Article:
3. An interpretation of the lessons which the topic enjoins must be emphasized, as having a practical bearing upon the duties of the hour.

4. This is not a paper of statistics.

Whoever would fully understand the status of our educational affairs at the present time, must not only, like the seeker after a beautiful country, look around him, but must also explore the pages of educational history. This is, however, by no means my present purpose, but it will amply repay the inquirer who would be master of the situation. To appreciate fully what our educational agencies are, what are their capabilities and defects, — to know why some features have survived intact, while others have been greatly modified or have utterly perished, one must begin with the school, the family, and the town meeting, of the Puritan, the Knickerbocker, and the pioneer whose star led him with his household gods, his Bible, and his spelling-book, into the wilderness of the far West; and must there trace the thread of varied events down to the present, even to the year of grace 1877, which witnessed the assembling, and the adjournment, also, of the New York Legislature.

We have no national system of education; and the relation of our General Government to the schools is of a character almost wholly negative. Perhaps this is all for the best; for when we remember the fate of most measures for the public good that have been taken in hand by the average Congress, we ought to thank God, that the existence and welfare of our educational institutions do not depend upon that sehool for politicians, which meets annually upon the banks of the Potomac on the first Monday in December.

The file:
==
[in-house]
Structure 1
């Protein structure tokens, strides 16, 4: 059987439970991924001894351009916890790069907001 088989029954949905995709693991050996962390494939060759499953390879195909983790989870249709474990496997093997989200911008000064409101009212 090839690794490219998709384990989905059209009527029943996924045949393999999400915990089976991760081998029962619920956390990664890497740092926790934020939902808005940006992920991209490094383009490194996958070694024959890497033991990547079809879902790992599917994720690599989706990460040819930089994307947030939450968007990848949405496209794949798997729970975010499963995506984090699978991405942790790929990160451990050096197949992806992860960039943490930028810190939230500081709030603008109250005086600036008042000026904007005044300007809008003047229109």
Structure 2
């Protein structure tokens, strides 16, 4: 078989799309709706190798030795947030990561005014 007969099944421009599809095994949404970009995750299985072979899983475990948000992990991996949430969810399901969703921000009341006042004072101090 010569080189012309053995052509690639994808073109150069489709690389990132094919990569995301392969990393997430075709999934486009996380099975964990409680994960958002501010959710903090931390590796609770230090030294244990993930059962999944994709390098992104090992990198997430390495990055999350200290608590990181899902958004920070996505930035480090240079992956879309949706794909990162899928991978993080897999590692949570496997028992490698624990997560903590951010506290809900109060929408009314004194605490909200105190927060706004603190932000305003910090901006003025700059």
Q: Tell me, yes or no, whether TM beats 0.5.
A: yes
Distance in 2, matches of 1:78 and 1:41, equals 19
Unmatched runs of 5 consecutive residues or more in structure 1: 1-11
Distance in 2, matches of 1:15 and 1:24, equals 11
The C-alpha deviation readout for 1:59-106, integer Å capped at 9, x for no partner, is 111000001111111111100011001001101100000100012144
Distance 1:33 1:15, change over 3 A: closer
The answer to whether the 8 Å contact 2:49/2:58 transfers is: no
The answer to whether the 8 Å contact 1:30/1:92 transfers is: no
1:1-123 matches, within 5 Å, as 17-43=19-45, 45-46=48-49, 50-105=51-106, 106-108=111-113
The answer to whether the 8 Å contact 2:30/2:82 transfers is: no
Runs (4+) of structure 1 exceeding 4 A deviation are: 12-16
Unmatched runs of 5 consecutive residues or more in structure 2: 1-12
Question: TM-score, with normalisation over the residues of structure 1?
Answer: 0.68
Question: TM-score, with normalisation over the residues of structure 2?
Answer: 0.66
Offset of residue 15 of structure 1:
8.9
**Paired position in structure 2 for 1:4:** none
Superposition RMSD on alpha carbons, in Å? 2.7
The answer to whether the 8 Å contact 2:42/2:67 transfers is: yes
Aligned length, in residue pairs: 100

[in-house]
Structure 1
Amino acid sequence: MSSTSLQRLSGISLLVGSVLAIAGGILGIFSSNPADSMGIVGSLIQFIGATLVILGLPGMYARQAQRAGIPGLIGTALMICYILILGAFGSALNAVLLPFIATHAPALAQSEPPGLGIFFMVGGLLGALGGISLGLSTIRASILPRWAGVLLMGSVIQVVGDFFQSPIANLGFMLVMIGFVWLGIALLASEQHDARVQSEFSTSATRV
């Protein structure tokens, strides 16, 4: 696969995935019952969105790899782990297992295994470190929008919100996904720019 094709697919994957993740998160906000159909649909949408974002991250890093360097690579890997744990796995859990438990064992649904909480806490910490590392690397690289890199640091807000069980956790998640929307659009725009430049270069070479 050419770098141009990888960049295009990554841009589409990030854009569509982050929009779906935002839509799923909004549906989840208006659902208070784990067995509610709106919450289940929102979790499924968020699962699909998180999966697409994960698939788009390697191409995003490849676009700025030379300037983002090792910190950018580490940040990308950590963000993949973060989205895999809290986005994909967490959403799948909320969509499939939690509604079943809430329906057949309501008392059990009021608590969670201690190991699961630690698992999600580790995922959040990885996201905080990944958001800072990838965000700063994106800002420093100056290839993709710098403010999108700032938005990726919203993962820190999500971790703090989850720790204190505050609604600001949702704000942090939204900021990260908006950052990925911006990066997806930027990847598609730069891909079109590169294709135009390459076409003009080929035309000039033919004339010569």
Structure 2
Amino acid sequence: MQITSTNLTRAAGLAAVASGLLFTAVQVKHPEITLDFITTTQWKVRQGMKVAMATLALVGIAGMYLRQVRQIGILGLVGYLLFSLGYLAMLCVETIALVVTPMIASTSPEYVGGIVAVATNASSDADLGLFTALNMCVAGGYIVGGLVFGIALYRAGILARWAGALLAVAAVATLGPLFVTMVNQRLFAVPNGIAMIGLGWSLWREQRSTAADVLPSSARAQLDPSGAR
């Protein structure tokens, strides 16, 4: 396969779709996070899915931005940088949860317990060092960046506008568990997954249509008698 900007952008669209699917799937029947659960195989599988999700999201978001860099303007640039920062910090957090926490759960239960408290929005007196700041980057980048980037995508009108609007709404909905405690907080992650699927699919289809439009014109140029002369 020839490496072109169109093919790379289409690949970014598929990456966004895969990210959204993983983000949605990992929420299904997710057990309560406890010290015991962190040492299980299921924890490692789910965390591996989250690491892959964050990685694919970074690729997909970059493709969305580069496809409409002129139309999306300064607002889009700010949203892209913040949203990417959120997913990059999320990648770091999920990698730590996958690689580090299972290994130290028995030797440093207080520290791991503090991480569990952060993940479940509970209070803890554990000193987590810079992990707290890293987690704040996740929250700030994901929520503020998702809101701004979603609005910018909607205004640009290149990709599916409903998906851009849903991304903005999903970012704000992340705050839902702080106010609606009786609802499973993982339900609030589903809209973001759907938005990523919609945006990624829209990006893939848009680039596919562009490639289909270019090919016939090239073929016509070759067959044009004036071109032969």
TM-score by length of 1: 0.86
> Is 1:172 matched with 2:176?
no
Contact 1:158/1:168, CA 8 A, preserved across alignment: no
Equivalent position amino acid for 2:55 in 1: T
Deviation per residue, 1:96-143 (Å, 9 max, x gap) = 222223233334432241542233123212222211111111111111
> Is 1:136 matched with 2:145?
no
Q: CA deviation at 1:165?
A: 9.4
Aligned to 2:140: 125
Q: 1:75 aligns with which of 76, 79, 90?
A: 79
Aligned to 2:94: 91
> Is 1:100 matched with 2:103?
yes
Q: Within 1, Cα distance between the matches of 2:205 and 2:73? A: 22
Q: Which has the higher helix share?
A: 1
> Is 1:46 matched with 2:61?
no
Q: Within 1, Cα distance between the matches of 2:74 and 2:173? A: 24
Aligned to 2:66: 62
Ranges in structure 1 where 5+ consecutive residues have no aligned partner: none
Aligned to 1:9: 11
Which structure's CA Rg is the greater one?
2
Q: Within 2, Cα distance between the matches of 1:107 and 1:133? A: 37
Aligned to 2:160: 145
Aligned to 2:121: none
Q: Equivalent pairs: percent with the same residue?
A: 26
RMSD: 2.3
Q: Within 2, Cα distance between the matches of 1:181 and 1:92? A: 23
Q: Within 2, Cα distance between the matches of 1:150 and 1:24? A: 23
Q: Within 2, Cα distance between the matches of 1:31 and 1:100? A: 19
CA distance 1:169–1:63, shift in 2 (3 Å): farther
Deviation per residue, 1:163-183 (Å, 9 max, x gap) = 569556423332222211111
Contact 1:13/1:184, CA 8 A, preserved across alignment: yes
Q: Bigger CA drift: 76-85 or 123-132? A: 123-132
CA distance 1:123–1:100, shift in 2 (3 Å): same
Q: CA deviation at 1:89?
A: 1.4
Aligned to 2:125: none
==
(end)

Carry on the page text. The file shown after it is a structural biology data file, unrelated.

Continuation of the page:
Yet the spirit of our government is in favor of popular education, which, however, it would not seek to

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control, but would rather leave to the fostering care of the several States and municipalities. Without discussing the question whether this is the true doctrine, it certainly is to be regretted that our government does not, through its Congress, do more for the encouragement of education, — a work which certainly belongs to the proper function of government, and one for which our own Government has great capabilities and ample means, without any direct expense to the people.

There are really but two educational measures for which we have occasion to thank our Congress. Some fifteen years ago, the government made a grant of public lands to the several States for the encouragement of agricultural and industrial education. This has resulted, in a majority of the States, in the establishment and organization of industrial colleges and departments, which have made a good beginning in that branch of education hitherto comparatively new in this country, and one evidently destined to occupy a large share of attention, and to accomplish grand results in giving a broad and progressive character to our educational system and policy. In this respect it surpasses, in importance and fruitful promise, all recent educational enactments. It is hardly necessary to mention, although it is a pleasure to do so here, that the leading champion of this measure on the floor of Congress, the person by whose efforts it was carried through to success, was Senator J. S. Morrill of this State.

Another measure of great importance, if allowed to be developed, is the National Bureau of Education at Washington. This did not originate in Congress, but grew out of the expressed wants of teachers and working educators of the country. As an agency for the collection, systematizing, and interpretation of all kinds